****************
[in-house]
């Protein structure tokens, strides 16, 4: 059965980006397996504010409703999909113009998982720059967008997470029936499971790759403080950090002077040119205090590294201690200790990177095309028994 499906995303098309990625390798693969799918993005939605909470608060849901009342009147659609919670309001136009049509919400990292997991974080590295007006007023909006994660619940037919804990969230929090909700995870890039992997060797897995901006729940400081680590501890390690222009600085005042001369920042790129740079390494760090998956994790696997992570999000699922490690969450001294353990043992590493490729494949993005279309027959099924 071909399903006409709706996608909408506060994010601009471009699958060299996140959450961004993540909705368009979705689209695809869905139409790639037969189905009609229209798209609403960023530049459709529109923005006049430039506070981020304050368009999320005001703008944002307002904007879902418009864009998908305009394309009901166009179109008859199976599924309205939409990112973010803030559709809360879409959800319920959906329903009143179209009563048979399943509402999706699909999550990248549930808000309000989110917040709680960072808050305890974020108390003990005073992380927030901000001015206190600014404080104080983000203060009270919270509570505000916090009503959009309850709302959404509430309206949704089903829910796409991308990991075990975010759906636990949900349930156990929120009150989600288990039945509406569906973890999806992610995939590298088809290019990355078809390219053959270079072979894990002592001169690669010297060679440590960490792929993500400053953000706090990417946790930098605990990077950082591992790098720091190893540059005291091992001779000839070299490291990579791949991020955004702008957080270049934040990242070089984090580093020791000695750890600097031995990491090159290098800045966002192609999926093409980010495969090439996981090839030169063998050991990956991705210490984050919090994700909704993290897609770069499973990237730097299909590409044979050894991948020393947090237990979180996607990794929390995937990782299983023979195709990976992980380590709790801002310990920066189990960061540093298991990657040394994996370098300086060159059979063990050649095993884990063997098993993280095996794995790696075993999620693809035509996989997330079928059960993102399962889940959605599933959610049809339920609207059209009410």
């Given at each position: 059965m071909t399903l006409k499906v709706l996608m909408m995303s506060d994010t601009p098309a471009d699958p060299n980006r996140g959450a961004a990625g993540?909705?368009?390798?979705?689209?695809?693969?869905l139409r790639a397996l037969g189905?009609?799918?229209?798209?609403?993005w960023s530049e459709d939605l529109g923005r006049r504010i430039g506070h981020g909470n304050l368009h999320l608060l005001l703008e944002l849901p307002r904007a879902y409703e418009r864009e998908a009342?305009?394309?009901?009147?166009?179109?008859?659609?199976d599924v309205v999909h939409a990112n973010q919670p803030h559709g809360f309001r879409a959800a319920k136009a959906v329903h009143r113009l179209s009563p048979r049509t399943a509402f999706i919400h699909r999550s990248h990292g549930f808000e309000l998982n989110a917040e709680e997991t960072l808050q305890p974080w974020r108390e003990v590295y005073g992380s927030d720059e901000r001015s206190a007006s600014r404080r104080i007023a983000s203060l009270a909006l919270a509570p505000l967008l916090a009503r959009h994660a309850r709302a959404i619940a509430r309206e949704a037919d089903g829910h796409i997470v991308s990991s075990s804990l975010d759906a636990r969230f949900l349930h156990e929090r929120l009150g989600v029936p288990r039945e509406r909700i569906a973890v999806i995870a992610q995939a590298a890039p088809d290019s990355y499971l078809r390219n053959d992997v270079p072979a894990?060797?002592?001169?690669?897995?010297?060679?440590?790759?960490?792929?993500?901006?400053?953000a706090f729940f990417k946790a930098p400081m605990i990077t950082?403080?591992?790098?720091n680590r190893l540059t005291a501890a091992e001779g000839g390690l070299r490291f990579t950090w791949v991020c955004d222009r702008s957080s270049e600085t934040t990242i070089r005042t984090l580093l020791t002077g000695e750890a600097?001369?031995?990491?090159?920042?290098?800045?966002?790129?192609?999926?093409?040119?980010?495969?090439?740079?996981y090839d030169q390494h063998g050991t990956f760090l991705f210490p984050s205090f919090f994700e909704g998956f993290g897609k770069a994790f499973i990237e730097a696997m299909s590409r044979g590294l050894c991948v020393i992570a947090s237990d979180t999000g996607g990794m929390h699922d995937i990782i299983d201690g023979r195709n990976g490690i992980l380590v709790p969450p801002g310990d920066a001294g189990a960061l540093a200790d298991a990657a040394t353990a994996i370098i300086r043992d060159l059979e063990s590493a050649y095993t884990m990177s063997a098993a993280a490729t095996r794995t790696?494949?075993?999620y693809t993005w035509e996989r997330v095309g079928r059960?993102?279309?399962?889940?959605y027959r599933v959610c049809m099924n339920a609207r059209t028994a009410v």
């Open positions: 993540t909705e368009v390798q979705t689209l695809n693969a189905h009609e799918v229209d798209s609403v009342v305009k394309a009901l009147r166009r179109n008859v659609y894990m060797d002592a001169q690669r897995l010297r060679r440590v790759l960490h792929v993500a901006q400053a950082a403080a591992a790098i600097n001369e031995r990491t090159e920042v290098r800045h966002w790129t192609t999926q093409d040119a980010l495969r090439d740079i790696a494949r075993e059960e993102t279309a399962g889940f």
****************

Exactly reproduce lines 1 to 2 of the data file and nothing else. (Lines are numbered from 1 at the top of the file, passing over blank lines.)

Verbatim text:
[in-house]
């Protein structure tokens, strides 16, 4: 059965980006397996504010409703999909113009998982720059967008997470029936499971790759403080950090002077040119205090590294201690200790990177095309028994 499906995303098309990625390798693969799918993005939605909470608060849901009342009147659609919670309001136009049509919400990292997991974080590295007006007023909006994660619940037919804990969230929090909700995870890039992997060797897995901006729940400081680590501890390690222009600085005042001369920042790129740079390494760090998956994790696997992570999000699922490690969450001294353990043992590493490729494949993005279309027959099924 071909399903006409709706996608909408506060994010601009471009699958060299996140959450961004993540909705368009979705689209695809869905139409790639037969189905009609229209798209609403960023530049459709529109923005006049430039506070981020304050368009999320005001703008944002307002904007879902418009864009998908305009394309009901166009179109008859199976599924309205939409990112973010803030559709809360879409959800319920959906329903009143179209009563048979399943509402999706699909999550990248549930808000309000989110917040709680960072808050305890974020108390003990005073992380927030901000001015206190600014404080104080983000203060009270919270509570505000916090009503959009309850709302959404509430309206949704089903829910796409991308990991075990975010759906636990949900349930156990929120009150989600288990039945509406569906973890999806992610995939590298088809290019990355078809390219053959270079072979894990002592001169690669010297060679440590960490792929993500400053953000706090990417946790930098605990990077950082591992790098720091190893540059005291091992001779000839070299490291990579791949991020955004702008957080270049934040990242070089984090580093020791000695750890600097031995990491090159290098800045966002192609999926093409980010495969090439996981090839030169063998050991990956991705210490984050919090994700909704993290897609770069499973990237730097299909590409044979050894991948020393947090237990979180996607990794929390995937990782299983023979195709990976992980380590709790801002310990920066189990960061540093298991990657040394994996370098300086060159059979063990050649095993884990063997098993993280095996794995790696075993999620693809035509996989997330079928059960993102399962889940959605599933959610049809339920609207059209009410």